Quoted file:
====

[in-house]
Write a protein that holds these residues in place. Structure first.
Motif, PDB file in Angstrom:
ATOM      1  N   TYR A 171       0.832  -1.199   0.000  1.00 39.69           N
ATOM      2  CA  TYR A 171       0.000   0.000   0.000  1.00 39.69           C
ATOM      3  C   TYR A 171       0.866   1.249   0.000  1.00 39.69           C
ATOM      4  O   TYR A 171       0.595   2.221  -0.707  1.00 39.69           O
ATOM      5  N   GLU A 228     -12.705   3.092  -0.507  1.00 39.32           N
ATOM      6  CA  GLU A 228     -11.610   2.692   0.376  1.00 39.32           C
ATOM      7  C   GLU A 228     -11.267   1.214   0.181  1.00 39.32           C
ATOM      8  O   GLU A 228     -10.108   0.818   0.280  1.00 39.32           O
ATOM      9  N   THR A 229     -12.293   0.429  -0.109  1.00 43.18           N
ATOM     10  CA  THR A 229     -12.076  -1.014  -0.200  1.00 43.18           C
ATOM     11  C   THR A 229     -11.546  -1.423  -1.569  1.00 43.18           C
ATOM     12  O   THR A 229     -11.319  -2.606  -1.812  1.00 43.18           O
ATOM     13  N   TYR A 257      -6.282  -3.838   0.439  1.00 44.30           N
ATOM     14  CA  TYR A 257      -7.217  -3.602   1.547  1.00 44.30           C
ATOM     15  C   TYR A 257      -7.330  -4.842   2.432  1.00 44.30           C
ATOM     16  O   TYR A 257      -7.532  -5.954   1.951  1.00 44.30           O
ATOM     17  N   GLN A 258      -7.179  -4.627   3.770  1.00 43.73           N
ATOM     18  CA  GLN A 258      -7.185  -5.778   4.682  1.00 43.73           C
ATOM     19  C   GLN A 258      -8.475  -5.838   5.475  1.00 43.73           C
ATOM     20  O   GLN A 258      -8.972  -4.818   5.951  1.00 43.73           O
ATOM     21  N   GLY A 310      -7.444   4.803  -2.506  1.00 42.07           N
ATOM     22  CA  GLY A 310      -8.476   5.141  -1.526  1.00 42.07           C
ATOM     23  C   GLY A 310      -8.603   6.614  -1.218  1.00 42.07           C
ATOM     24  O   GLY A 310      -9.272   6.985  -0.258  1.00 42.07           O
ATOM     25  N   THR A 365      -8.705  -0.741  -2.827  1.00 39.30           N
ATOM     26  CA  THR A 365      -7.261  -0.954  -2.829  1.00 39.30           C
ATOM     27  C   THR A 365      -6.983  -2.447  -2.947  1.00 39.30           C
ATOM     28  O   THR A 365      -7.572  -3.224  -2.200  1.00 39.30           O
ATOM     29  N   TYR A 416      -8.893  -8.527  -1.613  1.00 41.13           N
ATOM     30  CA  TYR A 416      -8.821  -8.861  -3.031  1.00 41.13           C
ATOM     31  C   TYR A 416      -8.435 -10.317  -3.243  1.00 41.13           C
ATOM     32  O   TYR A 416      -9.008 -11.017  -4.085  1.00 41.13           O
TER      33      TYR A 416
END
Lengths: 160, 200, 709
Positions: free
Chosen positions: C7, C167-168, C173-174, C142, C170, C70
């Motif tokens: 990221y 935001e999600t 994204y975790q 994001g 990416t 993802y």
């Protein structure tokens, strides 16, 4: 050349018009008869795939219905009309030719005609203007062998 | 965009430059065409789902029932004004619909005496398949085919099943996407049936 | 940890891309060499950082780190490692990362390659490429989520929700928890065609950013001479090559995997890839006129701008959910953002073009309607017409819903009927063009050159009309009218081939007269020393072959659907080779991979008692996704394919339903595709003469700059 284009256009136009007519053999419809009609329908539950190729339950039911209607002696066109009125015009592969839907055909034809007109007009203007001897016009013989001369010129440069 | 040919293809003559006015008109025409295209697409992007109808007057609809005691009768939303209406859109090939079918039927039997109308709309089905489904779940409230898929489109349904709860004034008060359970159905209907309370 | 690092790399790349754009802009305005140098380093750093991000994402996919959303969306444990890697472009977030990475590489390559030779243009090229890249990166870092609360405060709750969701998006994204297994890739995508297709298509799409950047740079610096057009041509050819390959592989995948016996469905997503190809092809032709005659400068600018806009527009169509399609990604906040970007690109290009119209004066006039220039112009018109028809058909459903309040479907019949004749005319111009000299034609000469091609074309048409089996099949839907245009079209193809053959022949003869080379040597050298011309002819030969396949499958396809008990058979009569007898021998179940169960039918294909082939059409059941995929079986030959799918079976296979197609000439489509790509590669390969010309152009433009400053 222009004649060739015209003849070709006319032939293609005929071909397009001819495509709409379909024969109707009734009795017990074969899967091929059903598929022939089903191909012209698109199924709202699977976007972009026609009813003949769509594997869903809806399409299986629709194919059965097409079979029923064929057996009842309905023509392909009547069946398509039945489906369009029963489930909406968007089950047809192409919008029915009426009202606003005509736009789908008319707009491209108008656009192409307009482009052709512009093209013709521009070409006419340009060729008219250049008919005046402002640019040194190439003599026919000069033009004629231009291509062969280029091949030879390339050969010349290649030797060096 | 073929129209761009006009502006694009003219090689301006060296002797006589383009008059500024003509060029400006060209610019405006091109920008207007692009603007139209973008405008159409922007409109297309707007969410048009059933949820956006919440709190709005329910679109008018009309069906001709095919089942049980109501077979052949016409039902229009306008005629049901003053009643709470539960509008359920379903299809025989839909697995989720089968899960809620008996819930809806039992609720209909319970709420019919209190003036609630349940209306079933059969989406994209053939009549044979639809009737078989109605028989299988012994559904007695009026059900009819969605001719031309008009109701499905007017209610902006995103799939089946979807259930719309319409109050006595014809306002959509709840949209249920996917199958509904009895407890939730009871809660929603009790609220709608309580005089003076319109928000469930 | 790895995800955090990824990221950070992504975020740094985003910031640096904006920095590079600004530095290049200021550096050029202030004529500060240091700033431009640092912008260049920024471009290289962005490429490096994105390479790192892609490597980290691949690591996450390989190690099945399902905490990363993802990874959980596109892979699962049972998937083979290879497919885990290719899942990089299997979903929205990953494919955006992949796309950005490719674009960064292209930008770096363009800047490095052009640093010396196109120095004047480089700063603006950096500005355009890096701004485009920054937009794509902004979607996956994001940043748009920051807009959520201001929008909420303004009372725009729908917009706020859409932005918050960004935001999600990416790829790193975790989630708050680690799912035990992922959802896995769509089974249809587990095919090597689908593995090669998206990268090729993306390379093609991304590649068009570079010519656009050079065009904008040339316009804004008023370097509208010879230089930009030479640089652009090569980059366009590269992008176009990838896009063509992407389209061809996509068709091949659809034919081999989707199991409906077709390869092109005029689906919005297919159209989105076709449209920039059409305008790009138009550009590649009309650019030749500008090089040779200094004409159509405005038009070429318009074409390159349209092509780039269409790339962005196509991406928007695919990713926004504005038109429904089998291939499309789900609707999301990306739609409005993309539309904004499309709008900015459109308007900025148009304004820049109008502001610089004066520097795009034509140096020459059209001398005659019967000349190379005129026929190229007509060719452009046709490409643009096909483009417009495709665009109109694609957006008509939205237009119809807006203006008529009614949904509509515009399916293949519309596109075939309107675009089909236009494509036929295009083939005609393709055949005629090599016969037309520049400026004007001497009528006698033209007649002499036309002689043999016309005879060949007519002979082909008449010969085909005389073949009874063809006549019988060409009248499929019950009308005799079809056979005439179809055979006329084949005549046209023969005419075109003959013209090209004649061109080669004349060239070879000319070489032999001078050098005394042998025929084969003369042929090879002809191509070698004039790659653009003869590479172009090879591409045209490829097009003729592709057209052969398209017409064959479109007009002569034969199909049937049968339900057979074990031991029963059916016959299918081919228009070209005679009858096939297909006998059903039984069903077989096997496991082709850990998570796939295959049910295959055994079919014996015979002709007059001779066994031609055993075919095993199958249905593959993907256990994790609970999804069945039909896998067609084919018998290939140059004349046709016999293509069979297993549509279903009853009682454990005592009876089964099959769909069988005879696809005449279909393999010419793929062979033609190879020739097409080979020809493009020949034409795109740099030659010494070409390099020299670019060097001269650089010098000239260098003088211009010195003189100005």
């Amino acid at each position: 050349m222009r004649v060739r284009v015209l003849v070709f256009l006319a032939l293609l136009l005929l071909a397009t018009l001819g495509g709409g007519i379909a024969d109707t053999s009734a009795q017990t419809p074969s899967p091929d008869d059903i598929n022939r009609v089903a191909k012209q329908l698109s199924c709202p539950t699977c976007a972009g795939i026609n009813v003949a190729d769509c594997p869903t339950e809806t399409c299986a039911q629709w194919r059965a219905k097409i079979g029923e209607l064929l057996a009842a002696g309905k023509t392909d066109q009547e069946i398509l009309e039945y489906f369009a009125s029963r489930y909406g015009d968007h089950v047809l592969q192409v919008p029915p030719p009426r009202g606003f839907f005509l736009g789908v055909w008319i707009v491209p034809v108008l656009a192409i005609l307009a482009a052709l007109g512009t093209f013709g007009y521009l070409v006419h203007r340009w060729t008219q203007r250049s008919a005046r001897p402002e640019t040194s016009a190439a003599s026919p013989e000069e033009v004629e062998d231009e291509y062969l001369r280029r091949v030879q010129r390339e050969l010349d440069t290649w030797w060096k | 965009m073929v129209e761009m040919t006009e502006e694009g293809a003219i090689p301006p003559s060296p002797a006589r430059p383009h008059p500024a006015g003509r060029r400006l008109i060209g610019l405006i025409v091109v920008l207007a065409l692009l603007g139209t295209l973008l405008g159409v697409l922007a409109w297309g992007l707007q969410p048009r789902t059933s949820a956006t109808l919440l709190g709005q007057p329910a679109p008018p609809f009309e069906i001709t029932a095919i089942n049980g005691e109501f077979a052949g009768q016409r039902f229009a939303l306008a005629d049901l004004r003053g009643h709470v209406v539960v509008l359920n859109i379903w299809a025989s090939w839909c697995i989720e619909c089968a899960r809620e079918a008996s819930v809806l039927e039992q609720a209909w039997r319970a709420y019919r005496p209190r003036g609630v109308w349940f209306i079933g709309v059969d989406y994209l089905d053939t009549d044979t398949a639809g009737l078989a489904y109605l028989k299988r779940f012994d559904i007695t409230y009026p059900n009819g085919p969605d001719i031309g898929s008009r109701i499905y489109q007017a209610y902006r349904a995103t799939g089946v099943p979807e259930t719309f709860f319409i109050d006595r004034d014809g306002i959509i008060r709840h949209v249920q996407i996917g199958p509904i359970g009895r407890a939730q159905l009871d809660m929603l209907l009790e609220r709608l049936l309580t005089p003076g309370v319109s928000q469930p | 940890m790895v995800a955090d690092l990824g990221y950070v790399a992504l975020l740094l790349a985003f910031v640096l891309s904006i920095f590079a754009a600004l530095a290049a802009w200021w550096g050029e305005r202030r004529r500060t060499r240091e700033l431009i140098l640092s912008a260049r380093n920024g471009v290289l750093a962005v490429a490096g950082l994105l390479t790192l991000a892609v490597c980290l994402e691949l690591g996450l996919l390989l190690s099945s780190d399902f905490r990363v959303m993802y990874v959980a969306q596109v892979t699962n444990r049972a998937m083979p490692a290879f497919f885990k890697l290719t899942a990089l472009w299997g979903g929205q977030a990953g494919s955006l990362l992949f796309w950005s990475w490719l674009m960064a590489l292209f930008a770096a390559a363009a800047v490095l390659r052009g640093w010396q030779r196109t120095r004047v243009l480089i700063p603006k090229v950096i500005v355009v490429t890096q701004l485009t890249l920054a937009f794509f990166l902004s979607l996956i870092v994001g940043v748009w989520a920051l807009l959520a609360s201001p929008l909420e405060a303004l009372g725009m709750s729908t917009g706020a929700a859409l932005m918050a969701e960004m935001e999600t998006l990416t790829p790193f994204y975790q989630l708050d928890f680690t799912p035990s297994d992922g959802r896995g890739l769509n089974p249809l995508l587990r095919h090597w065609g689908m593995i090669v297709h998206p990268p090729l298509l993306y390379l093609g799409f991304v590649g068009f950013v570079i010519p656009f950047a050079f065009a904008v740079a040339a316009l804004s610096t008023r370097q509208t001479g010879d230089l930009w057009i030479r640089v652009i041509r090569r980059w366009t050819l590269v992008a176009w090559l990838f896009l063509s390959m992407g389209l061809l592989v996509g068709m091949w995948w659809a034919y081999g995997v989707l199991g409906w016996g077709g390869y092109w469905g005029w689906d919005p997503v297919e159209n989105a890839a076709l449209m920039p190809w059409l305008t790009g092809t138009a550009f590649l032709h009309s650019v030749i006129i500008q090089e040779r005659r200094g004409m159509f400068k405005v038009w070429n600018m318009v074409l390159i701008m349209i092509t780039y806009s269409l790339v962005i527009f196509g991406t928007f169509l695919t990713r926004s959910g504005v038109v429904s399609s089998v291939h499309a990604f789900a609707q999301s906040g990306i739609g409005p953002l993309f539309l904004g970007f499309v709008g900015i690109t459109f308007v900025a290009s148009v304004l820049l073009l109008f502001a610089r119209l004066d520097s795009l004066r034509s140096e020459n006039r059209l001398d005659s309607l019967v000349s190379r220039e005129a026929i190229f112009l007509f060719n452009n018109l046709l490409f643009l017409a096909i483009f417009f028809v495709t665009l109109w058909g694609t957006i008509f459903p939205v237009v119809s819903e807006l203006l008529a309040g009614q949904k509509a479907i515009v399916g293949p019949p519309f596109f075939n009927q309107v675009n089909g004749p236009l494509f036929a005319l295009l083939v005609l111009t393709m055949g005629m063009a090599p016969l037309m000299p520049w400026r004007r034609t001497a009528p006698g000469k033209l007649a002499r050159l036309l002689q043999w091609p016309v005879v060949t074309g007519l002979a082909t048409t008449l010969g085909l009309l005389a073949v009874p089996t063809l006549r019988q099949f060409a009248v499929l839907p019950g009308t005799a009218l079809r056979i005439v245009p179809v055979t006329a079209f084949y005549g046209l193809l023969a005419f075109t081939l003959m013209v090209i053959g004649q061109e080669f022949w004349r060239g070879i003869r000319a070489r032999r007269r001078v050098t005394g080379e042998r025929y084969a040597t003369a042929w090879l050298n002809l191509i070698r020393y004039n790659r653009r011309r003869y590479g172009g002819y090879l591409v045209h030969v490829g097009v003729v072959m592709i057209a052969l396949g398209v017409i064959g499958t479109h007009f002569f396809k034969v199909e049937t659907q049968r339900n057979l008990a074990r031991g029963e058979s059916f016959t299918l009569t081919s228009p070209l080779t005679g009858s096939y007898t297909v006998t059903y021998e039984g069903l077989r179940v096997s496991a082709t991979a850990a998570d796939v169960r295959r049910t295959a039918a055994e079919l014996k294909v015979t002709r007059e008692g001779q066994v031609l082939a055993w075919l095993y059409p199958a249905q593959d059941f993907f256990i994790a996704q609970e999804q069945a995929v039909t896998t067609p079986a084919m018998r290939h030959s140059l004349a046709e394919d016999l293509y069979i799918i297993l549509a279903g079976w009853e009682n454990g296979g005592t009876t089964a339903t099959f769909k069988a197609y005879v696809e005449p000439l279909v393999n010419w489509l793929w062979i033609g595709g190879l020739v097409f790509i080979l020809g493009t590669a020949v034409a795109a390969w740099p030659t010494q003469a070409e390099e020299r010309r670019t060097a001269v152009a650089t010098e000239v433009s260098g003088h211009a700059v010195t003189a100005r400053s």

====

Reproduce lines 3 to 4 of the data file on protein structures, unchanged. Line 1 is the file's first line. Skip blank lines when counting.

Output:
Motif, PDB file in Angstrom:
ATOM      1  N   TYR A 171       0.832  -1.199   0.000  1.00 39.69           N